28. Sweatpants Posted: November 18, 2011 at 12:06 AM (#3996142)
Ten starting pitchers got votes; seven of them were from two teams. That's crazy, isn't it?
Yeah, it is. 1995 had five pitchers among three teams receive votes (Maddux/Glavine, Nomo/Ramon Martinez, and Pete Schourek), but seven out of ten feels even less likely because you have to go down to third and fourth starters.
   29. Harveys Wallbangers Posted: November 18, 2011 at 12:30 AM (#3996161)
Hooray for Sandy Jr
   30. Crispix Attacksel Rios Posted: November 18, 2011 at 12:48 AM (#3996169)
There's a lot of turnover in these awards votes. The only people who got any Cy Young votes both last year and this year are Sabathia, Weaver, Verlander, Halladay, Lee, Lincecum and Cain.

Last year's #1, #2, and #4 in the AL (Felix Hernandez, David Price, Jon Lester) didn't get a single vote this year despite each starting more than 30 games with an ERA between 3.47 and 3.49.

Last year's #1 in the NL was Halladay, but the next eight guys were shut out this year.
   31. MM1f Posted: November 18, 2011 at 01:13 AM (#3996181)
Who knew Ryan Vogelsong's mom was a sportswriter?
   23. La DaVolce Strade  Posted: November 17, 2011 at 05:12 PM (#3996079)
Meh. By BBRef WAR, he was the 12th best pitcher in the league--tied with guys like Chris Carpenter and Tim Hudson. So it's not like he stunk. And he had a cool story. And it was just a single 5th place vote.


Agreed.
He was 4th in the league in ERA. That justifies a throwaway 5th place Cy vote I think.
   32. Jarrod HypnerotomachiaPoliphili (TeddyF.Ballgame) Posted: November 18, 2011 at 01:22 AM (#3996189)
Pretty strong consensus ballot, not only because of Kershaw's margin of victory. Most everyone saw it:

Kershaw
Halladay
Lee
Kennedy
Hamels

Seems unusual to me, but someone will undoubtedly correct me if I'm wrong.
   33. Misirlou cut his hair and moved to Rome Posted: November 18, 2011 at 02:26 AM (#3996210)
Ten starting pitchers got votes; seven of them were from two teams. That's crazy, isn't it?


The three Phillies? No. The 4 Giants? Yes. I'd like to see the ballots of the guys who voted for Cain or Bumgarner.

The top 3 guys were on every ballot, so the guys who voted for Cain or Bumgarner left off either Hamels or Kennedy (or both).
   34. Meatwad Posted: November 18, 2011 at 02:29 AM (#3996213)
Nothing wrong with giving him a fifth place vote, he wasnt even in mlb last year and had a pretty good season
   35. Jack Sommers Posted: November 18, 2011 at 02:46 AM (#3996214)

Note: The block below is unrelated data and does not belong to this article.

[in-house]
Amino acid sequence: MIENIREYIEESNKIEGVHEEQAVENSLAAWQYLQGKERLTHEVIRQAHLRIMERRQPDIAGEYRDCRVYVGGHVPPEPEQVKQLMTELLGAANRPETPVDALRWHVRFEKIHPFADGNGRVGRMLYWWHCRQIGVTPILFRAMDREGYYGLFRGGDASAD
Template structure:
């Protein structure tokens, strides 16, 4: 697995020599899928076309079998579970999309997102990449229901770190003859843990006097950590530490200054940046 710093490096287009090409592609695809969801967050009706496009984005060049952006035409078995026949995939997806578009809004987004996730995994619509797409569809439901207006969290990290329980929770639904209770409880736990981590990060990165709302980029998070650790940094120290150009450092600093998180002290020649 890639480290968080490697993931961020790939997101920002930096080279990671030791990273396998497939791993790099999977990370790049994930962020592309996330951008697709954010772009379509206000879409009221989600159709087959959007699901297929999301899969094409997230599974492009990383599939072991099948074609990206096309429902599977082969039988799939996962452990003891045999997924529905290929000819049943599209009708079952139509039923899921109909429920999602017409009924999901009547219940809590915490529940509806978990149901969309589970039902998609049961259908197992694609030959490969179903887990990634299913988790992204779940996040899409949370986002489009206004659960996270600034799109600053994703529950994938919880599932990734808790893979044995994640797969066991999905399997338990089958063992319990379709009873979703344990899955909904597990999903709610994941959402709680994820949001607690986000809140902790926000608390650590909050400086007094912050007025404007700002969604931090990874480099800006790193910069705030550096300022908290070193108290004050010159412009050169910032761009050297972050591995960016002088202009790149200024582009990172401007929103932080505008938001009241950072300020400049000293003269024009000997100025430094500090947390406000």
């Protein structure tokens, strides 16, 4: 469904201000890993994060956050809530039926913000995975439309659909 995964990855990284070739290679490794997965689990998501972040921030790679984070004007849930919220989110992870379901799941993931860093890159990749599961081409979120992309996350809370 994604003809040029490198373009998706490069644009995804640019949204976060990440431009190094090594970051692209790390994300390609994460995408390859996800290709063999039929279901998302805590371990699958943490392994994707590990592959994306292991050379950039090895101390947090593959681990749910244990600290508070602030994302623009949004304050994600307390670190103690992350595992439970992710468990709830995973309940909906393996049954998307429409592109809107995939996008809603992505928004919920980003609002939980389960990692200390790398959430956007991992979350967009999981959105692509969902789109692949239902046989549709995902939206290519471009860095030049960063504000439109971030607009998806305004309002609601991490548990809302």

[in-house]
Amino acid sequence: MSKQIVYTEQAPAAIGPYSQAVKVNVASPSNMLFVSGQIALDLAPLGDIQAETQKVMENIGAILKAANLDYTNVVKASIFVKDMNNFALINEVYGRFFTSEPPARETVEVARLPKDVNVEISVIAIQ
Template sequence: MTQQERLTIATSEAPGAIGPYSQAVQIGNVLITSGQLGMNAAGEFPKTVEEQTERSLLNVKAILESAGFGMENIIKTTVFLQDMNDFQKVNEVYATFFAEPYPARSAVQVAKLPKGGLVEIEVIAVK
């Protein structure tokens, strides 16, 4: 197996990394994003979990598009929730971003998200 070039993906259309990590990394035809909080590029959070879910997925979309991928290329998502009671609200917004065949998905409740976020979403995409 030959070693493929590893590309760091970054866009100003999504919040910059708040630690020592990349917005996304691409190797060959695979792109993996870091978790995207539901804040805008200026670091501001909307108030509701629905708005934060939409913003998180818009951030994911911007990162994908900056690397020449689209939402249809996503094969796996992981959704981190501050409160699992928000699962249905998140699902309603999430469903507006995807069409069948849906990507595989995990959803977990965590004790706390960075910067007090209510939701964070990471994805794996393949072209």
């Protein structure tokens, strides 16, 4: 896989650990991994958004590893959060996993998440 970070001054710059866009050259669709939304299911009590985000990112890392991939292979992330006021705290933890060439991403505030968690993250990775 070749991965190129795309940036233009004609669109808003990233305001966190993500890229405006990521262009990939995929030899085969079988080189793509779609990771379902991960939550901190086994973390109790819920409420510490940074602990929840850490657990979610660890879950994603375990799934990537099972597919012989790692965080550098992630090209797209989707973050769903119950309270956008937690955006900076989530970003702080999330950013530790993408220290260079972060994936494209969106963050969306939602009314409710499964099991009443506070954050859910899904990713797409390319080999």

Halladay got slightly better run support, (BB-ref style, per 27 outs) 4.65 vs. 4.44

Halladay was a little more consistent. He had only 2 games where he allowed 5 runs or more, and 3 games allowing 4 runs, whereas Kershaw had 4 games allowing 5 runs or more, and 4 games allowing 4 runs.

In other words, 4 runs or more Halladay 5 games, Kershaw 9 games.

The flip side of that of course is Kershaw had more dominant games, 17 times allowing 1 or 0 runs, while Hallday had 13 such games.


Halladay induced a higher percentage of ground balls than Kershaw did, so that partly explains the higher BABIP of course, but for all the extra ground balls, Halladay only got one more GBDP than Kershaw. Halladay's GBD % was only 8% this year, (5 points below his career avg and 3 points below lg. avg), while Kerhshaw's was 10%. Halladay's infield defense didn't help him this year.

At the end of the day, if you have to look THIS close and can't distinguish, than it's like the umps call at first base where you look at the replay 5 times to try to figure out if he got it right or not. If you have to look at that many replays, than the ump made the right call, regardless.
   36. Tripon Posted: November 18, 2011 at 05:46 AM (#3996289)
San Francisco Giants 2011 Batting as a team: 89 OPS+
Washington Nationals 2011 Batting as a team: 89 OPS+

Claiming that Kershaw got an advantage pitching against the Giants simply discounts on how godawful the Nats were offensively this year and the advantage the Phillies pitchers got this year.
   37. T.J. Posted: November 18, 2011 at 01:46 PM (#3996368)
I wonder why anyone voted for Madison Bumgarner, who was clearly no better than the third-best member of his own starting rotation.


Neyer disagrees with you: "Is there any good reason for Lincecum to show up on six Cy Young ballots, compared to two for Cain and one for Bumgarner? Not that I can see."
   38. Matt Clement of Alexandria Posted: November 18, 2011 at 01:56 PM (#3996374)
Ten starting pitchers got votes; seven of them were from two teams. That's crazy, isn't it?
What I think is crazy is that of the guys from the second team, these were their won-loss records:

13-14 (1 4th, 5 5ths)
12-11 (1 4th, 1 5th)
13-13 (1 5th)
13-7 (1 5th)
   39. Tom Nawrocki Posted: November 18, 2011 at 02:20 PM (#3996392)
Neyer disagrees with you: "Is there any good reason for Lincecum to show up on six Cy Young ballots, compared to two for Cain and one for Bumgarner? Not that I can see."


Lincecum threw 12.1 more innings than Bumgarner and allowed eight fewer runs. You can argue that there are other reasons to favor Bumgarner, but it's pretty disingenuous to say that's not a good reason to vote for Lincecum.
   40. My name is Votto, and I love to get Moppo Posted: November 18, 2011 at 02:29 PM (#3996398)
Sort of amusing that one person voted for Ian Kennedy. I'm guessing it was a Phoenix guy and he probably voted for RJ the year RJ had like 14 wins.


I guess you're referring to 2004, when Johnson was 16-14 and finished second in the Cy Young voting to Clemens, although Johnson had a 0.900 WHIP, led the league in strikeouts, pitched 30 more innings than Clemens, and had a 178 ERA+ to Clemens' 146.
   41. SoSHially Unacceptable Posted: November 18, 2011 at 02:56 PM (#3996418)
You can argue that there are other reasons to favor Bumgarner, but it's pretty disingenuous to say that's not a good reason to vote for Lincecum.


If you're unbalanced enough to bestow "hero" status on the guys who vote for Roy Halladay over Clayton Kershaw, then it's probably not disingenuous at all.